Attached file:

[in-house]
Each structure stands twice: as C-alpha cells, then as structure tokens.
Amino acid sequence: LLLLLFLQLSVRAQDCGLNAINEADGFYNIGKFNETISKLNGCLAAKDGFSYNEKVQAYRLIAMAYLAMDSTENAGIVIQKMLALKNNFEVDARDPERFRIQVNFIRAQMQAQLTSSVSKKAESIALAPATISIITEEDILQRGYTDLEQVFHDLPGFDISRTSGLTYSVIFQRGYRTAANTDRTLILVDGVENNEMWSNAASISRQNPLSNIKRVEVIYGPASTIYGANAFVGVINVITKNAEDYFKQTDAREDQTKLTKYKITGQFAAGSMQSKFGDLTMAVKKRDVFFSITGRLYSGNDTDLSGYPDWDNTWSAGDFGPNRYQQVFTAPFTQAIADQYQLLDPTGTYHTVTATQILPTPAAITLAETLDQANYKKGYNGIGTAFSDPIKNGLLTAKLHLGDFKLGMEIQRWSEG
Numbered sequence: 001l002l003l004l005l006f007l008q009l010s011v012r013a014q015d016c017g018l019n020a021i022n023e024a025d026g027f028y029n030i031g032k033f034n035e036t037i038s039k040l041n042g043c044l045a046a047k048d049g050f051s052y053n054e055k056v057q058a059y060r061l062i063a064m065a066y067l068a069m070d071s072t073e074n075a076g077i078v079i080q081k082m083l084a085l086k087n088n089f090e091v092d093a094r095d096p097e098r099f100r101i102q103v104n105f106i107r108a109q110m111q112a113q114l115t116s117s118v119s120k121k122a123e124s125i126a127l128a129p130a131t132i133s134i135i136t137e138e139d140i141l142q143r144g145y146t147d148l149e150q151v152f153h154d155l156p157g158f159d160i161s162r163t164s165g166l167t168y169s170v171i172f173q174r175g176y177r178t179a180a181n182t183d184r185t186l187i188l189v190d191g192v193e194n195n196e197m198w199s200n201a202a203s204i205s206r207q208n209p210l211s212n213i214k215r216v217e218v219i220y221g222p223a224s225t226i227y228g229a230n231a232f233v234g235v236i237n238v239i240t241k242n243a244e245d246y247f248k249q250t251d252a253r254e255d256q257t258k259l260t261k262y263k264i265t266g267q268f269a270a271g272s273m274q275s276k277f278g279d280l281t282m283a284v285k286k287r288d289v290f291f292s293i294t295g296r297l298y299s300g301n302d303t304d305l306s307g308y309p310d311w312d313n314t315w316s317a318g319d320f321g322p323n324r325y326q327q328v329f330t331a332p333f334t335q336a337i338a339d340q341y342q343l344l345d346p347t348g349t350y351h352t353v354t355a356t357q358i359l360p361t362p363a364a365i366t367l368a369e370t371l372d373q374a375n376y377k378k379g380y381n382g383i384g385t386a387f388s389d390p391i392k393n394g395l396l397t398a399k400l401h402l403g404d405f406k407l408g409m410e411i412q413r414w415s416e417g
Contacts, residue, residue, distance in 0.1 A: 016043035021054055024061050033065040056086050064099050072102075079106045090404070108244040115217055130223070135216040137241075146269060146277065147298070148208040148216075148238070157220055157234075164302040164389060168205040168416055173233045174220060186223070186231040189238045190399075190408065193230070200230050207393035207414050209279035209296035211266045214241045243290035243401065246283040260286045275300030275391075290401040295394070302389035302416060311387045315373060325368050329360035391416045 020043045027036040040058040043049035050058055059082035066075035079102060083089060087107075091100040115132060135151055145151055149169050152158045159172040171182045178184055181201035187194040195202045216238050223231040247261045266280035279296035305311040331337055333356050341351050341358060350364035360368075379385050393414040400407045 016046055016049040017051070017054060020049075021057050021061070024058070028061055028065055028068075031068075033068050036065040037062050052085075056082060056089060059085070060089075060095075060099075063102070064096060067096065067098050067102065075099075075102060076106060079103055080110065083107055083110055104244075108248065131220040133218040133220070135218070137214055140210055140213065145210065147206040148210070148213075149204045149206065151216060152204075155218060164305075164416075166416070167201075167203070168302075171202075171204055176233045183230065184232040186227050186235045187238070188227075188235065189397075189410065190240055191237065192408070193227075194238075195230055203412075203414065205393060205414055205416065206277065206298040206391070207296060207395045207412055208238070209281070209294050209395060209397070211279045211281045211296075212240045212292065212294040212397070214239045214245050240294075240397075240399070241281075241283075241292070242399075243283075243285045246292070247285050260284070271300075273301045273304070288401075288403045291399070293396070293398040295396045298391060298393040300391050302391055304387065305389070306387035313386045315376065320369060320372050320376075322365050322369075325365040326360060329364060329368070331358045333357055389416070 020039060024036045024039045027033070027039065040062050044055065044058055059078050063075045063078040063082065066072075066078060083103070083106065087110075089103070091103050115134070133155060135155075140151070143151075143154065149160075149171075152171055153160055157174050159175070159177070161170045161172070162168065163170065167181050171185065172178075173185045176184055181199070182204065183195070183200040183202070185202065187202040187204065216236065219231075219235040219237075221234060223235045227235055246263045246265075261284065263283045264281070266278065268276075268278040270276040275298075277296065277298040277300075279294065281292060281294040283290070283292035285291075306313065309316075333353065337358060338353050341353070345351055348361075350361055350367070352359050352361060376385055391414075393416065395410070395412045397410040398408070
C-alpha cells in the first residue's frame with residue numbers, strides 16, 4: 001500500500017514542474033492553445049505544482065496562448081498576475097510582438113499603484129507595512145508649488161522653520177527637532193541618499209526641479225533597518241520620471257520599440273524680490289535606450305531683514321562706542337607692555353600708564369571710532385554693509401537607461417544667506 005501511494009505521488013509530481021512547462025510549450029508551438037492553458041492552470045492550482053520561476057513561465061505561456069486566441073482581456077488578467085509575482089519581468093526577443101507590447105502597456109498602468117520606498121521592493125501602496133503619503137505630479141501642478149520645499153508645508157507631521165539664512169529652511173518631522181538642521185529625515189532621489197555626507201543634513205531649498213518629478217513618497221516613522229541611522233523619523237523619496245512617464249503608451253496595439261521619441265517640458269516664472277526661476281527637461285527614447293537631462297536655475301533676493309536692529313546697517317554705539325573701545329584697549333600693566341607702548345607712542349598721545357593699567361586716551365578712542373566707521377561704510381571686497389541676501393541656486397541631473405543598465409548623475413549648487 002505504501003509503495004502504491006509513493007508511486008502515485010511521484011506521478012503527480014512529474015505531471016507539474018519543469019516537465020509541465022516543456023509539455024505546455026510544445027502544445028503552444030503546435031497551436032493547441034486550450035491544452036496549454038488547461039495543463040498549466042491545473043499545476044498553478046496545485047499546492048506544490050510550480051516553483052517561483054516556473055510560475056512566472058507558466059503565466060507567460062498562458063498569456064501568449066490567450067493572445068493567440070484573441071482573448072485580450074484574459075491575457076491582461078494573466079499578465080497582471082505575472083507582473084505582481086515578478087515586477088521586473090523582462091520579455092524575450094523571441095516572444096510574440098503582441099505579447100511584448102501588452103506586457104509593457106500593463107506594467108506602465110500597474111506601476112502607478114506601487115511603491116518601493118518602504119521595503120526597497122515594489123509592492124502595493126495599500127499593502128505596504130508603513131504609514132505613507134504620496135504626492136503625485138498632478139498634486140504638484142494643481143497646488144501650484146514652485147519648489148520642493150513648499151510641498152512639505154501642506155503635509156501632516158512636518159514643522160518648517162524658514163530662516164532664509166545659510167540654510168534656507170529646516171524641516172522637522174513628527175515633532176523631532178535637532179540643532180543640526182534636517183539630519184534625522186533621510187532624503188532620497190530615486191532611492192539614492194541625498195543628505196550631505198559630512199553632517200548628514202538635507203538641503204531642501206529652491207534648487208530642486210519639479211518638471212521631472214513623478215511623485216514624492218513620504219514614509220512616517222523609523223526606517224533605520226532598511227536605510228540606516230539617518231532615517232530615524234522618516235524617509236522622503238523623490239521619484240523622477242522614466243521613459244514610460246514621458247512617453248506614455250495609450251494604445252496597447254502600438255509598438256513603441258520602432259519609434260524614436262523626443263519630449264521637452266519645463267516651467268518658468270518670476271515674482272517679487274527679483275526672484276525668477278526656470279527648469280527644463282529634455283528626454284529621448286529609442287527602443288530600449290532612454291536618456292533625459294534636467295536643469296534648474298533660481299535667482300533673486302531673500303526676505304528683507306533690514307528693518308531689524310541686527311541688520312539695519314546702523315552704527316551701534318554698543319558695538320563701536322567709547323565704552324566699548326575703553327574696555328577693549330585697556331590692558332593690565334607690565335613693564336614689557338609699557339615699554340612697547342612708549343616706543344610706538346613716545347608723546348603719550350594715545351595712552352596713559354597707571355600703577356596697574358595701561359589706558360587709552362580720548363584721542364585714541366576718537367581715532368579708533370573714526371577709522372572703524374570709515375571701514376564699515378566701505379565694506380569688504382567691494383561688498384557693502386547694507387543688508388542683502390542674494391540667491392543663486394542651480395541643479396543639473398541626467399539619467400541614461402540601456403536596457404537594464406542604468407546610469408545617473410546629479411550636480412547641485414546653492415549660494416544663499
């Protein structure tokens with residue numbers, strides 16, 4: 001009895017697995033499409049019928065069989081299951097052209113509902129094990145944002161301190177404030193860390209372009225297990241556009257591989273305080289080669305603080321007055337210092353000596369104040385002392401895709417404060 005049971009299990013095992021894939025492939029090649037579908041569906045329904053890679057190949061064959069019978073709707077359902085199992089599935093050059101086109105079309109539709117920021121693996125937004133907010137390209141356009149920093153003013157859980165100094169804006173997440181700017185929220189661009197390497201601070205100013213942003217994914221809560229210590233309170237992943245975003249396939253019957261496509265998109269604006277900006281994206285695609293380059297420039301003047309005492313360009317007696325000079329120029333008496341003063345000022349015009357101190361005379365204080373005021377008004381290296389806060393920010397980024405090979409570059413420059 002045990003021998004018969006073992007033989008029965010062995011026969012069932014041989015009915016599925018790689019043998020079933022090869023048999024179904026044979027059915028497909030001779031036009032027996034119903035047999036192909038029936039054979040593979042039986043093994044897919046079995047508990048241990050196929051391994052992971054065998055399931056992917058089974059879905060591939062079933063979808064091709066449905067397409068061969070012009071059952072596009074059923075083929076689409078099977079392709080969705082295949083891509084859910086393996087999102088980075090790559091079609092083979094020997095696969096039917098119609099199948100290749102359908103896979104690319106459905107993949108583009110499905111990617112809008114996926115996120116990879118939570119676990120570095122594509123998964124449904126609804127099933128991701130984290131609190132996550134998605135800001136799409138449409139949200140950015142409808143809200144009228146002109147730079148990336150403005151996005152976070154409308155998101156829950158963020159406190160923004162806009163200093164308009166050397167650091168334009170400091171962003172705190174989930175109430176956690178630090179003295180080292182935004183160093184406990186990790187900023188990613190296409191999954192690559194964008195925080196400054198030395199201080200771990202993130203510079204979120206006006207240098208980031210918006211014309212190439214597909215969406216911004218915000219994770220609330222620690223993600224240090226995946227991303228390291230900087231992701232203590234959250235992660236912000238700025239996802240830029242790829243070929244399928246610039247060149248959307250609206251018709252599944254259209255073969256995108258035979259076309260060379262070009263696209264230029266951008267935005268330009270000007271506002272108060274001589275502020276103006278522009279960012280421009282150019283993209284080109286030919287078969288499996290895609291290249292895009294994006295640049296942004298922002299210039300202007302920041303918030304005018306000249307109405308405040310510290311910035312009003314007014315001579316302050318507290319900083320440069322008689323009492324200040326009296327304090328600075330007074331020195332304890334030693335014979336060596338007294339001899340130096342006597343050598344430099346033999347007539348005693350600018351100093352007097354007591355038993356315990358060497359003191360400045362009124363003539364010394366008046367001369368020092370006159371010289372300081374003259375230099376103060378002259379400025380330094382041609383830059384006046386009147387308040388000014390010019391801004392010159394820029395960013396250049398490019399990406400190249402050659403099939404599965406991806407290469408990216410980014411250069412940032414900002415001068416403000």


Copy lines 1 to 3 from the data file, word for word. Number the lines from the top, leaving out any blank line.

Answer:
[in-house]
Each structure stands twice: as C-alpha cells, then as structure tokens.
Amino acid sequence: LLLLLFLQLSVRAQDCGLNAINEADGFYNIGKFNETISKLNGCLAAKDGFSYNEKVQAYRLIAMAYLAMDSTENAGIVIQKMLALKNNFEVDARDPERFRIQVNFIRAQMQAQLTSSVSKKAESIALAPATISIITEEDILQRGYTDLEQVFHDLPGFDISRTSGLTYSVIFQRGYRTAANTDRTLILVDGVENNEMWSNAASISRQNPLSNIKRVEVIYGPASTIYGANAFVGVINVITKNAEDYFKQTDAREDQTKLTKYKITGQFAAGSMQSKFGDLTMAVKKRDVFFSITGRLYSGNDTDLSGYPDWDNTWSAGDFGPNRYQQVFTAPFTQAIADQYQLLDPTGTYHTVTATQILPTPAAITLAETLDQANYKKGYNGIGTAFSDPIKNGLLTAKLHLGDFKLGMEIQRWSEG